How can we discuss change productively?

A short aside. I worked, once, in a place where it was almost impossible to implement any truly meaningful or innovative changes. Whenever an idea was brought forward the proposal would be criticized (usually at length) for its choice of words, style, and discussion of the current situation. Those affected would spend a great deal of energy defending their status -even if they knew it to be problematic – or nitpicking language in order to demonstrate some kind of expertise or value. Almost all proposals for change would be destroyed–either because the final product would be so watered down as to be meaningless or the discussion would drag on so long that it would eventually die out. Along the way, those proposing the change would be disheartened or effectively marginalized, further discouraging any future discussion of similar subjects. I have seen the same thing happen, occasionally, on the archives listserv. Anyone who starts to initiate a discussion that challenges the opinions of the dominant voices or tries to start a meaningful analysis of a problem is shouted down or ignored, and so the ideas eventually die out.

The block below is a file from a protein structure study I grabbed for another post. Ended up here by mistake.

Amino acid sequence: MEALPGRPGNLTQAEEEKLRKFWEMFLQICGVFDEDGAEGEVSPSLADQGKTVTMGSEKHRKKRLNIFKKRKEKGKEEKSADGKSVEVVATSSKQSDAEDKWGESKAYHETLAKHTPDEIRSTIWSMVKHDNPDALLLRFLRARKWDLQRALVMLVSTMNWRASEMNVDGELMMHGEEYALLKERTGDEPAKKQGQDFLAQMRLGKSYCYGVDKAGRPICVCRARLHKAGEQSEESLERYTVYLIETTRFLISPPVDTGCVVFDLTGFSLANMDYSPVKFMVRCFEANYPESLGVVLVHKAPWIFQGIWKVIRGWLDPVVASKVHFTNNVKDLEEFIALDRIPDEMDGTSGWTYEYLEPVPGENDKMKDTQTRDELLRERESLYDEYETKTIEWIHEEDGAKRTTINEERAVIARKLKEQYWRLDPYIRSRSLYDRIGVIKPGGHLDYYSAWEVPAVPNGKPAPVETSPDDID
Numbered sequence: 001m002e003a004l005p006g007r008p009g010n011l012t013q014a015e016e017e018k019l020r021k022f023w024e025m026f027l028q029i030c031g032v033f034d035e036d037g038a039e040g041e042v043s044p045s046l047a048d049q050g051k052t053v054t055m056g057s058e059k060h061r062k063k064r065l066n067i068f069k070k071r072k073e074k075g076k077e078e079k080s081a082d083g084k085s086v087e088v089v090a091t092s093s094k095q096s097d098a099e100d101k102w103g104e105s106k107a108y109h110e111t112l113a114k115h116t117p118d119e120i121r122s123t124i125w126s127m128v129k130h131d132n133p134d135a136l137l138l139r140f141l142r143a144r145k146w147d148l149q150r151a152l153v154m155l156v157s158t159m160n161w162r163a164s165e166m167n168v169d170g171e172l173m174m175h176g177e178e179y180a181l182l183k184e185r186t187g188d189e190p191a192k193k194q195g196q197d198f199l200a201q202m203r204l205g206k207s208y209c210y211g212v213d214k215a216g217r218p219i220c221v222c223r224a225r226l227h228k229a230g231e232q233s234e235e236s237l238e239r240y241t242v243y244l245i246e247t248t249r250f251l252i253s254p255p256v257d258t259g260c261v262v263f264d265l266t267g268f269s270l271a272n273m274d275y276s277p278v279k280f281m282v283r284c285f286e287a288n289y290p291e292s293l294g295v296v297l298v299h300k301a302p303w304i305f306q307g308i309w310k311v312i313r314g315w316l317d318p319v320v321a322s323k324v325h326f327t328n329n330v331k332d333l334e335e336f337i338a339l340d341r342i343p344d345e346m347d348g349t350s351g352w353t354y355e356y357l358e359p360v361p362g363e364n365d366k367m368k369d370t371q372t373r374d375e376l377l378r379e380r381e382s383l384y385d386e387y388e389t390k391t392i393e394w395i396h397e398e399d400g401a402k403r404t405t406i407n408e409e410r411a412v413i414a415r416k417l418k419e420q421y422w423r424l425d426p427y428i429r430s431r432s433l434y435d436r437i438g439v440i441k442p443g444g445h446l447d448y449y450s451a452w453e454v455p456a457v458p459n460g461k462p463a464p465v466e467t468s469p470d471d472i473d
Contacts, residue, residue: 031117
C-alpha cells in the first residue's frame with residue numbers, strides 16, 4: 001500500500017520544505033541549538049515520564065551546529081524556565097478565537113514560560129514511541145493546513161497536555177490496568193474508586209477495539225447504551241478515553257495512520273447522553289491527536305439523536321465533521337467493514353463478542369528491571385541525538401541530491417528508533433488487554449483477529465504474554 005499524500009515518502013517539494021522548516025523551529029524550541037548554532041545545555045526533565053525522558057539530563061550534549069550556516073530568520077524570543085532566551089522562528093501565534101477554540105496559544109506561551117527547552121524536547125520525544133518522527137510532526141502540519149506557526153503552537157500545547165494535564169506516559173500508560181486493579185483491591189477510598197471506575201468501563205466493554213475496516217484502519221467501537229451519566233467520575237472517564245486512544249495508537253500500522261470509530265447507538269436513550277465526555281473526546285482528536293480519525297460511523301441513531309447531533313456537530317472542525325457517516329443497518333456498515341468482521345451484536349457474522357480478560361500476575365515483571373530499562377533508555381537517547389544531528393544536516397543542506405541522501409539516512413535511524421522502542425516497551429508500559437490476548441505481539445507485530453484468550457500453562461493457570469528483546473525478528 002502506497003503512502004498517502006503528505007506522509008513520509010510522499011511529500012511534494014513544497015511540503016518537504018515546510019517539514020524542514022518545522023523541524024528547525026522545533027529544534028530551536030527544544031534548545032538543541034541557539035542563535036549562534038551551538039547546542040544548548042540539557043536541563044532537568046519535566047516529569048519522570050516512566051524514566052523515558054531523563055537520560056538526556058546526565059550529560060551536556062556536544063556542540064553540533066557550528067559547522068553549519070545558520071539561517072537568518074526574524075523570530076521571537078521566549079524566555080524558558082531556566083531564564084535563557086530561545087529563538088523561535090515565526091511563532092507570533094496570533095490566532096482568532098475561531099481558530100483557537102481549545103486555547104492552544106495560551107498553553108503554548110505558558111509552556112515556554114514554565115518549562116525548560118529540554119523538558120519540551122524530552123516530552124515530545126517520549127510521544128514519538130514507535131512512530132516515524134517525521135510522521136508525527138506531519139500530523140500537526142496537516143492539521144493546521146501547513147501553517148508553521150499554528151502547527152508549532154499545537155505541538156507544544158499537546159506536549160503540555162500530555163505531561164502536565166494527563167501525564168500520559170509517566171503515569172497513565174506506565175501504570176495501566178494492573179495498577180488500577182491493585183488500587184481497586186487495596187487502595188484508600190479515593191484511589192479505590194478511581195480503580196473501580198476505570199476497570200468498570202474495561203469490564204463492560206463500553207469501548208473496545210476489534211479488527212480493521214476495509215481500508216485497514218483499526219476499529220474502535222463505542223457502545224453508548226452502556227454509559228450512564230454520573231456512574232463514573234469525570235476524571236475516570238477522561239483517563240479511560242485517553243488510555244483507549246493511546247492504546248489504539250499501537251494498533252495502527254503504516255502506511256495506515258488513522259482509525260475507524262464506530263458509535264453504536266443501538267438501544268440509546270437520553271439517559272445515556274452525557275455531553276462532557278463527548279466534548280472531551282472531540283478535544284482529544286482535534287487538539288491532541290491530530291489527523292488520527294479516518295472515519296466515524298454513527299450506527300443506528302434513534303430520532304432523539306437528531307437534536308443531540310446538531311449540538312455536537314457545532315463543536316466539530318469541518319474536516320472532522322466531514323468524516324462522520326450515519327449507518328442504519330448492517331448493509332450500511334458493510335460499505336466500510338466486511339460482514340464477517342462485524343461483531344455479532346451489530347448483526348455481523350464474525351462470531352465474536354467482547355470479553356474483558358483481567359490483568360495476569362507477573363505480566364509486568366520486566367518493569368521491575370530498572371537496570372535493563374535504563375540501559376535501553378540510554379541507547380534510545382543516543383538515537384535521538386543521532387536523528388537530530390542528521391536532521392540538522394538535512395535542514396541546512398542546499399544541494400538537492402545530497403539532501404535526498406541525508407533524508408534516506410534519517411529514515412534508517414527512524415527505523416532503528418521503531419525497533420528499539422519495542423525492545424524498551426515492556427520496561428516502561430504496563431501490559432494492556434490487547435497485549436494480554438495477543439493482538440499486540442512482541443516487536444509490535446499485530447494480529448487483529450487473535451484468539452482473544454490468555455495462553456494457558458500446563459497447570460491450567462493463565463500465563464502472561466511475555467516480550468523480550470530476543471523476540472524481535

I hate to think that this is hallmark of the archival profession. One of our stereotypical characteristics is that we are resistant to change. Are we so resistant to change (and perhaps, defensive about vulnerabilities we know we possess) that we cannot support meaningful discussion about how to move forward? I hope not. I am sure that in the future I will use words that people won’t like. I know my tone may rub some readers the wrong way. My assessment of a current situation may not be completely correct. Believe it or not, I actually spend quite a bit of time trying to make sure what I write will offend as few people as possible. I hope that in this forum, at least, people can focus their discussion on the ideas and about what we can do to “move the ball down the field.”

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